The chefs at Cafe Brazil use ingredients such as coconut milk, chili oil, and lime to flavor fresh seafood and cuts of meat, creating dishes that transport diners' taste buds to the far-off continent of South America. But their menu isn't solely Brazilian—they describe it instead as "Novo Latino," drawing upon the cuisines of Colombia, Argentina, and Chile, as well as more-far flung influences such as Spain, Italy, and France. This makes for a varied menu; the seafood Copacabana, for example, includes shrimp, scallops, and coconut milk accented with Italian parsley and parmesan cheese. Keeping it more traditional, the feijoada completa—Brazil's national dish—consists of a black-bean stew with smoked meats. More than 75 varieties of rum await visitors in the brightly tiled Rum Room, where the alcohol can be sipped neat or mixed into a mojito. Non-rum options abound as well, including the caipirinha, Brazil's national cocktail made with cachaça liquor and lime. The restaurant offers complimentary tapas in the Rum Room, giving drinkers something to nibble on while toasting. For those opting to eat in the dining room, reservations are recommended, as the casual, vibrantly colored space can get quite crowded.
The main dining room at Vita is a chic, lofty space that could easily pass for an art gallery if it weren't for the tables, chairs, and neatly folded white napkins. Collections from local artists are displayed on the walls and available for purchase, but most people are here to order up cocktails and modern American food—not paintings. The menu is divided into shareable small plates, such as upscale sliders, calamari, and housemade mozzarella with olive bread, and larger entrees that include steaks, fish, and vegetarian risotto. Weekend brunches offer benedicts and sandwiches, as well as mimosas, bloody marys, and bellinis by the glass and carafe. Vita's rooftop terrace is well known for its open-air dining and martinis garnished with moonbeams. The restaurant hosts live music Friday and Saturday evenings, and in the summer, musicians take to the upper deck in a sunset concert series.
Westerkamps Steakhouse and Meat Market was established two decades ago, and over that time, a single thread has weaved one year into the next: quality. Instead of outsourcing slicing duties to contract garden shears, Westerkamps retains a butcher to carve fresh-cut meats daily. The family-owned business still operates out of its original building, which at one time featured a grocery store that the family has since been converted into a restaurant. Their breakfast and lunch menus feature homemade dishes such as the green chili that the Denver Westword named one of the top ten in the city.
With nods from USA Today, CBS News, and The Washington Post, Rodizio Grill has made a name for itself as an authentic Brazilian charrascuria?a South American?style rotisserie. Founded by S?o Paolo?born Ivan Utrera, the cuisine comprises of select cuts of meat, which are slow-roasted on a spit and then skewered. It also features fish, grilled pineapple, and unlimited trips to an award-winning salad bar with over 40 items. Gauchos?also known as Brazilian cowboys?bustle about the restaurant, bringing unlimited slices of tender meat to diners who can also grab fresh vegetables and homemade salads at the gourmet salad bar, as well as enjoy Brazilian appetizers served directly to the table.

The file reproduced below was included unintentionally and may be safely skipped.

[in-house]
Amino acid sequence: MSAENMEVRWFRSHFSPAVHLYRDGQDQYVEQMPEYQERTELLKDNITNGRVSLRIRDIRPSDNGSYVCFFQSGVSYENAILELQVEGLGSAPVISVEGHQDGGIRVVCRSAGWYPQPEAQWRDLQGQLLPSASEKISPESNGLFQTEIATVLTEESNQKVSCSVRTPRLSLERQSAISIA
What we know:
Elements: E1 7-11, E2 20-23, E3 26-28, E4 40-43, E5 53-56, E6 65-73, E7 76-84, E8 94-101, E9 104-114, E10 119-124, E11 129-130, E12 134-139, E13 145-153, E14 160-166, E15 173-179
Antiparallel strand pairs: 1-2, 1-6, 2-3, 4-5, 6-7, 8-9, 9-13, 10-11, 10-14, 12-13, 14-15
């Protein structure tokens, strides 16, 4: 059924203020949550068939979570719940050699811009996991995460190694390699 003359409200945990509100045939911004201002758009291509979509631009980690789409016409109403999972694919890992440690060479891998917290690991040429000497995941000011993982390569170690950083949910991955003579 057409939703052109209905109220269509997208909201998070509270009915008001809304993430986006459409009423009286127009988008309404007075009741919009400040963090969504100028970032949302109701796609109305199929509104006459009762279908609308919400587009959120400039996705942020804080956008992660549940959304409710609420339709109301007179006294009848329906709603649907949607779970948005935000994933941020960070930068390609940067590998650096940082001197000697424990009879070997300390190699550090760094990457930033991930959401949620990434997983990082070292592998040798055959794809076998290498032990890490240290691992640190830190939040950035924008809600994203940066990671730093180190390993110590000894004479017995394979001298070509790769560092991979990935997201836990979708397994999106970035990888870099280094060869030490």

At Fogo de Chao, a behemoth Brazilian churrascaria in the heart of LoDo, skewer-wielding, Gaucho-costumed servers in puffy black pants saunter from table to table, tempting carnivores with more than a dozen different meats – think filet mignon, top sirloin, sausage, salted ribeye and mint-marinated lamb – that are carved tableside and plucked off the skewers with tiny tongs. And the meat just keeps on coming and coming until you flip your coaster to red, which indicates that your belly needs a break from the gluttony. Luckily, there’s an impressive salad bar, too – but like the meat parade, it’s hardly pedestrian: imported cheeses, breads, hearts of palm and marinated vegetables, including artichokes, stock the display, which is replenished long before anything has vanished. With its comfortable seating and elegant touches, Fogo de Chao is perfect for a special occasion, or just a meat-frenzied evening with friends.
Packed with jet-setting tourists and powerhouse locals, the Palm, the signature restaurant in the downtown Denver Westin hotel, puts its meat where its mouth is, unleashing superior cuts of beef at prices that match the pedigree. Still, this clubby, expense-account stalwart knows its way around steer, and no matter how you slice it, the beef is hefty, well-seasoned and cooked to perfection. The cow is served a la carte, but side dishes, including creamed spinach, Brussels sprouts glistening with butter and potatoes au gratin ensure you won’t leave hungry. Caricatures of local celebrities and long-standing regulars surface the walls, while the dining room boasts masculine dark woods, tables topped with starchy white linens and cushy booths the color of evergreen. The voluminous wine list, which has generated numerous awards, is worthy of exploration, as are the cocktails.